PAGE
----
“We have had a mild response,” explains Canning, but nothing too great. Kamaflage Records (now no more) are typical. They told us our sort of music wasn’t right. That bands like Tank are where it’s at – all that denim and leather and a ‘one of the lads’ attitude.”

Booking agents too haven’t been falling over themselves trying to snap up the band, as Heighway reveals: “We’re not easy to categorise, so they’re afraid to take a chance with us. ”

It all harks back to the confusion I mentioned earlier. And now is, I think, the right point to give Sacred Alien’s music the once-over. Primarily it’s aggressive power-packing metal ‘n’ roll, played with panache, pace and poise. And, judging from the four tracks present on their latest (and third) demo tape, it’s a style they play instinctively. But, this ain’t typical Glam / Metal by any means.

“Most Glam bands are revivalists, harking back to 1973. We’re 1990’s Glam if anything. ” Prophetic words from the canny Canning, because if the music is very much bar-bending bludgeon, then the lyrics are NOT. “So many bands sing about ‘rock ‘n’ roll all night’ and ‘yeah baby, let’s screw’. But that’s totally against our stance.”

“We’re more ethereal. We write well thought-out, soulful songs. For example, there’s a number we do called ‘Do You See Me’, which tells of a girl being visited by the ghost of her dead boyfriend. ‘Spiritual Planet’ is about astral planes; ‘Energy’ is about man’s place in the universal spectrum. And, then there’s. . . ”

OK, OK, the point is made. Sacred Alien have a distinct cosmic awareness that’s completely at odds with the music. But it has to be said that this ridiculous combination WORKS. Materially-speaking, the SA’s put such as Rox in the shade.

But, hold on, so far there’s no hint at all of glam connections. So, where does this come in? Well, in a way, I’ve cheated a bit you see, Sacred Alien describe themselves as ‘glam with a twist in the tail’. I’ve just reversed that. So now we’ve had the ‘twist’, let’s head on-stage, ‘cos that’s where you’ll find the Glam.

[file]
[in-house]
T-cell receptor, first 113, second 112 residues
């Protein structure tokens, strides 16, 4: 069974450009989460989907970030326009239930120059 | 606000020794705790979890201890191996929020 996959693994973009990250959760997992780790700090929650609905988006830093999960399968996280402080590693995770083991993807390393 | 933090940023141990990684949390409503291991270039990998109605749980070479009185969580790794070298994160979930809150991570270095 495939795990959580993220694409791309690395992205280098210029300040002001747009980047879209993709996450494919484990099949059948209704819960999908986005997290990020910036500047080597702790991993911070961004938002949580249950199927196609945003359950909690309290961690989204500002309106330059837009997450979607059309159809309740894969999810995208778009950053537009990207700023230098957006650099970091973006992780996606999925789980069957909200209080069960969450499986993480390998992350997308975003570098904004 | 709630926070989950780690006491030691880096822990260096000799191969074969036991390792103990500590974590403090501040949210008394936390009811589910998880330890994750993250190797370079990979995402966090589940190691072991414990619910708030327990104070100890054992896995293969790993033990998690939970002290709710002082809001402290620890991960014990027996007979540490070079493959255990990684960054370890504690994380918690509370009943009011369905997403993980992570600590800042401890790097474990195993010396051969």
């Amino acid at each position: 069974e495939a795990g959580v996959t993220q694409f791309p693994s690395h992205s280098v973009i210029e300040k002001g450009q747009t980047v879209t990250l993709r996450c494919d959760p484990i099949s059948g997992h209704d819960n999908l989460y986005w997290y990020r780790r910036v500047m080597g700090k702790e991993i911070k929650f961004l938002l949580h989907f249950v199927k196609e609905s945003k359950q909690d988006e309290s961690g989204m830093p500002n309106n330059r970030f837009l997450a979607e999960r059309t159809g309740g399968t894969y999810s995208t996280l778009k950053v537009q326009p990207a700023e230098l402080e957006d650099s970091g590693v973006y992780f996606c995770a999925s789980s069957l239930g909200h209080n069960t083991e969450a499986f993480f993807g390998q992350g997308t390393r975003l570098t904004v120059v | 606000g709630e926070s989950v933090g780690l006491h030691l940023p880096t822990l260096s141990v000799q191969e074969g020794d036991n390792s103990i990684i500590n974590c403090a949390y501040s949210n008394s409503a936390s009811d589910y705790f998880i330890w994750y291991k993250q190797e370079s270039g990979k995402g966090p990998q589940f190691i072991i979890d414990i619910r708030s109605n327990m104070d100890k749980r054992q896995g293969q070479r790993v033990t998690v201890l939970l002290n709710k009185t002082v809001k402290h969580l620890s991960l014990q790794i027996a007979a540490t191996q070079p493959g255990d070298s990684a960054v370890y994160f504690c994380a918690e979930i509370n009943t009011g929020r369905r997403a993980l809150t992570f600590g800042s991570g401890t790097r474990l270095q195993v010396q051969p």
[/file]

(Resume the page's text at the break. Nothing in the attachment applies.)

“We give live what we’d expect from a gig as fans – a visual show that kills,” boasts Canning. “If you just get up and play songs with no back-up, you’re cheating the fans a bit. We want to make people stand back in awe of us.”

This laudable aim is pursued inevitably through the use of make-up and costume. However, the real core of the band’s Glam credibility lies with Sean Canning. This guy is a star. Just 18, he’d have heads turning in any company. Anyone who’d walk brazenly into the pin-stripe plushness of Manchester’s Piccadilly Hotel (where this ‘ere encounter ‘appened) in a glitter tee shirt with sawn-off arms, rouged cheeks and ankle boots with six-inch stiletto heels has either gotta have a lotta bottle or else been on the bottle.

The lanky lad is a modern-day Freddie Mercury. He has the vocal power, the lyrical vision and the cock-strut arrogance. Armed with considerable dancing/acting interest, Canning is Sacred Alien’s secret weapon . . .

“We don’t use many effects on-stage. Who needs flashbombs – I’m this band’s flashbomb! I don’t just stand still at gigs, I move around a lot. I find I claw naturally with the music. But, I’m trying more and more to choreograph things to get maximum impact.”

They’ve also got some outrageous ideas for future live presentation. “We’d love to get a corps of drum majorettes together and have ’em twirling their batons to the music. Then we’d get them into a drum duel with Darren. Just imagine the girls with little tin Woollies’ drums up against the full sound of a bass-drum rhythm. I would be amazing,” Gleefully pronounces Canning.

Are you still confused by ’em’ Well, maybe the confusion is caused not so much by the band as by accepted musical standards, wherein every band must be rigidly pigeon-holed. So when a bunch like Sacred Alien rise above the categorisation mania, they threaten the conservative, safe status quo and suddenly become objects of derision. But, do yourselves a favour and check ’em out they’ve an awful lot to offer.

1984 MANCUNIAN GLAMSTERS Sacred Alien are to release a new single (their first in over two years) in the near future. As yet no details are available on either the firm date of release or on the label it will be put out through. Moreover, the band have yet to decide on what the A-side will be. However, the B-side will contain a live version (or a newly recorded studio one, at any rate) of ‘Spiritual Planet’, whilst Pluto Studios m Manchester will be the venue for this mega-recording session.